Russia and Turkey move to demilitarize last rebel-held Syrian province

Russia and Turkey move to demilitarize last rebel-held Syrian province
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Russia and Turkey announced Monday that they will erect a demilitarized zone (DMZ) in Syria's Idlib Province, the last remaining rebel stronghold in the country. 

Vladimir Putin and Recep Tayyip Erdogan announced that they will seek to complete the DMZ by Oct. 15, The New York Times reports

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Putin said that all armed combatants opposing Syrian President Bashar Assad's regime should exit the zone by Oct 10 and remove "heavy armaments, rocket launchers, tanks and mortars of all opposition forces."

Putin said that Russian and Turkish military police will control the zone, which will extend nine miles by 12 miles, the newspaper reports. 

According to Reuters, Turkey announced last Friday that it was discussing a ceasefire with all the parties involved in Syria as tensions mounted over a potential final battle for the region.

In the face of Assad and his allies' battle preparations, the top U.S. general in the region, Marine Gen. Joseph Dunford, indicated that President TrumpDonald John TrumpReturn hope to the Middle East by returning to the Iran Deal Government shutdowns tend to increase government spending 'Full Frontal' gives six-bedroom house to group that works with detained immigrants MORE had been presented with military options.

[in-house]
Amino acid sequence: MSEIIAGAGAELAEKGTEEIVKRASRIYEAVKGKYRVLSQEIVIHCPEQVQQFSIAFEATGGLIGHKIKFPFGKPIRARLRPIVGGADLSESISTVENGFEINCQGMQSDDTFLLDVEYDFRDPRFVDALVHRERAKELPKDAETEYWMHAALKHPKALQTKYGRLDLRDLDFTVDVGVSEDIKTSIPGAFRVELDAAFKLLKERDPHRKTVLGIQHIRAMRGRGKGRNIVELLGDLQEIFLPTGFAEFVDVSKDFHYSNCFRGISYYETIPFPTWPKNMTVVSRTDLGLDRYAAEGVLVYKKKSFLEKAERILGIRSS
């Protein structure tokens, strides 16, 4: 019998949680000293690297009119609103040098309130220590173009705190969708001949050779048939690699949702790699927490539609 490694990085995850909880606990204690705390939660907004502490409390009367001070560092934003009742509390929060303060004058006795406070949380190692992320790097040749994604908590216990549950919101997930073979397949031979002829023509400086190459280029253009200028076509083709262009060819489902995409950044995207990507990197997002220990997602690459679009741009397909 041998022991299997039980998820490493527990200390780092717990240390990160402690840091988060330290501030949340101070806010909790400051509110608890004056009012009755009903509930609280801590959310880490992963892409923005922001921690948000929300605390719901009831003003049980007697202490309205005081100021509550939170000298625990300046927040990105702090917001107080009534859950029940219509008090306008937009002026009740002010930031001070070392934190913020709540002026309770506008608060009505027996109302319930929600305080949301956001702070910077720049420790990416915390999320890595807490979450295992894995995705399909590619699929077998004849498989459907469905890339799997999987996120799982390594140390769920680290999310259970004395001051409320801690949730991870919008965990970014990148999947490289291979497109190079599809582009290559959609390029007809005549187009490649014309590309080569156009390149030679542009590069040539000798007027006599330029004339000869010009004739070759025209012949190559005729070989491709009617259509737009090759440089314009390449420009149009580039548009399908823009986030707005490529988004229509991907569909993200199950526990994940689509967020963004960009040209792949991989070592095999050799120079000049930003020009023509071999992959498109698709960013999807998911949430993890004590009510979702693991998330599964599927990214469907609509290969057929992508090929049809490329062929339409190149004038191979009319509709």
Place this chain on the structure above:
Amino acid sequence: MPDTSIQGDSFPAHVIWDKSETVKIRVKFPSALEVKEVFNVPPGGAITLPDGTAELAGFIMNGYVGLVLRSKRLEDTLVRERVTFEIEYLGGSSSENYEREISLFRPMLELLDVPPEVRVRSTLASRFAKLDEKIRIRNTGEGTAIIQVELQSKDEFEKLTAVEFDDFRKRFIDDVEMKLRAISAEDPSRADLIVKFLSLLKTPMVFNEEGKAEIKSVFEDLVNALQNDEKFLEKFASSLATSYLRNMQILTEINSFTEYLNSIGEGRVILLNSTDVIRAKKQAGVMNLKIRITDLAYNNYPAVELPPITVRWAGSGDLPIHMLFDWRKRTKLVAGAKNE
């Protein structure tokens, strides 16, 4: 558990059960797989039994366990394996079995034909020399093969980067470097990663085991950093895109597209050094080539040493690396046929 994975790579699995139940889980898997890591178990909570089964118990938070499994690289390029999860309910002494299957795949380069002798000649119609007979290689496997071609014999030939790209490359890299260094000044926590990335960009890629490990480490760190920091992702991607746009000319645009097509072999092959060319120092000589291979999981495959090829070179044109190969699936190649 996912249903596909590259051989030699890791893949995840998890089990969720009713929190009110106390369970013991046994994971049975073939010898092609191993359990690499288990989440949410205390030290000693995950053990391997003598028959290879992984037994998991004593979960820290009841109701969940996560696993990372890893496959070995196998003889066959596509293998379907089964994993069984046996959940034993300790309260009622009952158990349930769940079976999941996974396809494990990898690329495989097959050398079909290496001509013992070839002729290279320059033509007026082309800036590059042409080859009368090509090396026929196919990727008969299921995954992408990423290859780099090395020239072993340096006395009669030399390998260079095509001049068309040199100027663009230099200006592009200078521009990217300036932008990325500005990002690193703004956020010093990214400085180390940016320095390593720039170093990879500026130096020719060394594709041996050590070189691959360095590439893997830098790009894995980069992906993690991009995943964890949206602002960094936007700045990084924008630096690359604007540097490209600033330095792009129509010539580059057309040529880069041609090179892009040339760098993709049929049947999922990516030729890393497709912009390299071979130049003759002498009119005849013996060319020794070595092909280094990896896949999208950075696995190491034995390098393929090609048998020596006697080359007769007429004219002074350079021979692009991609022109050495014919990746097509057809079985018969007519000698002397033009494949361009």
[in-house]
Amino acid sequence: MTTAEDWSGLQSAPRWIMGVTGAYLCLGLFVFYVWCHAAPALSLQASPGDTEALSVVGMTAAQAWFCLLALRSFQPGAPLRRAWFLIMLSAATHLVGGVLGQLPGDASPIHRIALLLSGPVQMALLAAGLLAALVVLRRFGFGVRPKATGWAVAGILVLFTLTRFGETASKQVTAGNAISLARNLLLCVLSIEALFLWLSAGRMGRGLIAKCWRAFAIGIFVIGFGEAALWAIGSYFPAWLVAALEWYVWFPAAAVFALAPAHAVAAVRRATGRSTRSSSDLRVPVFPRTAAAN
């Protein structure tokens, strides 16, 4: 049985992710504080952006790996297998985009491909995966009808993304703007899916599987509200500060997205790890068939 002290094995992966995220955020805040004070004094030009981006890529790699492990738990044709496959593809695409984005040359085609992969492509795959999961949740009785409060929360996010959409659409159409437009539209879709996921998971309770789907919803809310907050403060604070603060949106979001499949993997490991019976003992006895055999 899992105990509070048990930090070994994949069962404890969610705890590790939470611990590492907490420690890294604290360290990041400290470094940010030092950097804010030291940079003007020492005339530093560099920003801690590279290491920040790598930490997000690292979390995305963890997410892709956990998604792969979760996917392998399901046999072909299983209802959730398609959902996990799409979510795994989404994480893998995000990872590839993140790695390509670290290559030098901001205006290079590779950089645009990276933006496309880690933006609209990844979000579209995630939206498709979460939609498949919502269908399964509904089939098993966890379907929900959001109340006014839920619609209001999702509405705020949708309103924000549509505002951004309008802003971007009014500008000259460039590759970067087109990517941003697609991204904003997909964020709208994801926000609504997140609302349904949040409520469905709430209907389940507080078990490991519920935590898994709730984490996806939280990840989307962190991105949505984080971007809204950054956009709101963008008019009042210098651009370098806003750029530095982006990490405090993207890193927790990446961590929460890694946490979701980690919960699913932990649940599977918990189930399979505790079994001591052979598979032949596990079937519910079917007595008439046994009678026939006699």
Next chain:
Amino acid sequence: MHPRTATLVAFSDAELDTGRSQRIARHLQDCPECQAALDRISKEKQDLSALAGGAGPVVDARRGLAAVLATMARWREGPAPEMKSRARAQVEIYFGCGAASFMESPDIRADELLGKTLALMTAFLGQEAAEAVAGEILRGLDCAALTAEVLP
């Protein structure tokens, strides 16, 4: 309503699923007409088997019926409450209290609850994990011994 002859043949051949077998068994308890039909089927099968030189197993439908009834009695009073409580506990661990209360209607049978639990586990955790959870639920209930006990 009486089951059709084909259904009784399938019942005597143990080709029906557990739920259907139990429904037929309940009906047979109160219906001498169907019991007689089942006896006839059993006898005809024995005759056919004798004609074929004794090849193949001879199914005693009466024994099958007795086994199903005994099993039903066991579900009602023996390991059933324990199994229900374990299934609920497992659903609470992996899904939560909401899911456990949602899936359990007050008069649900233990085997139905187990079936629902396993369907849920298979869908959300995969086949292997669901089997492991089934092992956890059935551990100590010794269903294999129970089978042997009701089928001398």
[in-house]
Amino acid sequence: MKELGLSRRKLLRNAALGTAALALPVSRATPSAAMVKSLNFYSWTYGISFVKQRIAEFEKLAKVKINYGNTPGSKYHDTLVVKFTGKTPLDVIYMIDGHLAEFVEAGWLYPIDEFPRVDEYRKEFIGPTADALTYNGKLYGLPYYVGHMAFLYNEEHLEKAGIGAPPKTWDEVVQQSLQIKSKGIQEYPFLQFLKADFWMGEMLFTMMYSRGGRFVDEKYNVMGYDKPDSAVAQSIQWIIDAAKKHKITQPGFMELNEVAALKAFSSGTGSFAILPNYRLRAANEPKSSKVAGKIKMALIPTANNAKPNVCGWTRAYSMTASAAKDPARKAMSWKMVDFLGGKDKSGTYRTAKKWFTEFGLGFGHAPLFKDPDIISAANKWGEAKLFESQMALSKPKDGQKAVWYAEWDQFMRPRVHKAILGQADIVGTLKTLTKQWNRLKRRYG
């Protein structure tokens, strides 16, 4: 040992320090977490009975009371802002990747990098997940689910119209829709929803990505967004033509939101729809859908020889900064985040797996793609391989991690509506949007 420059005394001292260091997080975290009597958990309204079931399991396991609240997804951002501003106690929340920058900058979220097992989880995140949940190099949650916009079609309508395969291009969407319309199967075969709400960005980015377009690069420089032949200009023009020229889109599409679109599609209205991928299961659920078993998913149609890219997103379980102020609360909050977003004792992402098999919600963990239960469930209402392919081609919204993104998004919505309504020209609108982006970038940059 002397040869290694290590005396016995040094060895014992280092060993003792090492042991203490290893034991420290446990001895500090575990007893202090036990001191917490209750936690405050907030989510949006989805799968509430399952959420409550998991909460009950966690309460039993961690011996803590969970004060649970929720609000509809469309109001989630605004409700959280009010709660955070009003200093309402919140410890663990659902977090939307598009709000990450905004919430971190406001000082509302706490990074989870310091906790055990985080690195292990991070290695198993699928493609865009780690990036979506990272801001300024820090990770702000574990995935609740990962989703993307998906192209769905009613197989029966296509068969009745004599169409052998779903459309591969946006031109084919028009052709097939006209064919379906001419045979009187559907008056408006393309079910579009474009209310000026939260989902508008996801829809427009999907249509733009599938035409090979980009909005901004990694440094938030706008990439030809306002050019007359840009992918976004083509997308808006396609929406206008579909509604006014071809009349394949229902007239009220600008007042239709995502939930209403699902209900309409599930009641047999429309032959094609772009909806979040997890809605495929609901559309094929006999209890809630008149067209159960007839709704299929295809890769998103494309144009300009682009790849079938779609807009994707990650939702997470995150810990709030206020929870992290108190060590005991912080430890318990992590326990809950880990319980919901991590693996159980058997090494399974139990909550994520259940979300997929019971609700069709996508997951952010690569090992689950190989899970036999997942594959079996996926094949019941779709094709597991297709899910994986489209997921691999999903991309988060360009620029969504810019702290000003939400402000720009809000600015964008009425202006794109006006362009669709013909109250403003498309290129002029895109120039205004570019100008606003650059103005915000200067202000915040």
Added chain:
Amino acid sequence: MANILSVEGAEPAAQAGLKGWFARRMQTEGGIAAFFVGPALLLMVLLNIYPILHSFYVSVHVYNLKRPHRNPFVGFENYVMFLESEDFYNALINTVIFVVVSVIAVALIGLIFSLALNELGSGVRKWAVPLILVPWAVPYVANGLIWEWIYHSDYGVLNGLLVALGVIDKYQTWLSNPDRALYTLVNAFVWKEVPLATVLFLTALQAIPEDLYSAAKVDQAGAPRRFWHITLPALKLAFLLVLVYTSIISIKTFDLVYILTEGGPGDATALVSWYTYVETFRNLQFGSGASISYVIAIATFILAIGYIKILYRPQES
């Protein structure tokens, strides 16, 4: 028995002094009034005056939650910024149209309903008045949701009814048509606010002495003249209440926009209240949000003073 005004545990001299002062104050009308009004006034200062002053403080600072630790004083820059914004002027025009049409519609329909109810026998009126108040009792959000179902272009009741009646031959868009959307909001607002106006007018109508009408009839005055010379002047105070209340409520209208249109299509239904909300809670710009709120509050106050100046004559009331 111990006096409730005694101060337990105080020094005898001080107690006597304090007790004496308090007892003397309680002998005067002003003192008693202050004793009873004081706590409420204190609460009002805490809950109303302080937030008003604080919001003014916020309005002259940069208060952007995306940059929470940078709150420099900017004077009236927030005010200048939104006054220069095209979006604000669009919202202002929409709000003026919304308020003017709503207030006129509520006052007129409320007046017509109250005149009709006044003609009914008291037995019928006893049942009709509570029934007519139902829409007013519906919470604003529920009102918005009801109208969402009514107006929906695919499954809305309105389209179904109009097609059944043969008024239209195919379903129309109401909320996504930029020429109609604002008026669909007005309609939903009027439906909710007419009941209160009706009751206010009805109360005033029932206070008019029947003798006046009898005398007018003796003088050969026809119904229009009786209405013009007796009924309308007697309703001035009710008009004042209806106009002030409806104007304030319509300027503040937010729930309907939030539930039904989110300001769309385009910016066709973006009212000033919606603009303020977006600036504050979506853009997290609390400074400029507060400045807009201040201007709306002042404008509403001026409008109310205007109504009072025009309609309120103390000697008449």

The day before Dunford's comments, the U.S. and its allies conducted military exercises in Syria.

The situation grew more heated as reports emerged that Assad had approved the use of chlorine gas several days later.

The Wall Street Journal, which reported the approval, also reported that Trump privately threatened to retaliate with a massive attack if Assad used chemical weapons.

When asked two days later if the U.S. would respond with military force, Defense Secretary Jim Mattis said, "I am not going to give that clarity."

"He's been warned," Mattis said of Assad. "And so we'll see if he's wised up."

It is unclear how the situation will proceed now that Russia and Turkey are planning to establish a DMZ in Idlib.

However, The Washington Post reported two weeks ago that Trump has approved leaving around 2,000 U.S. troops in the country indefinitely.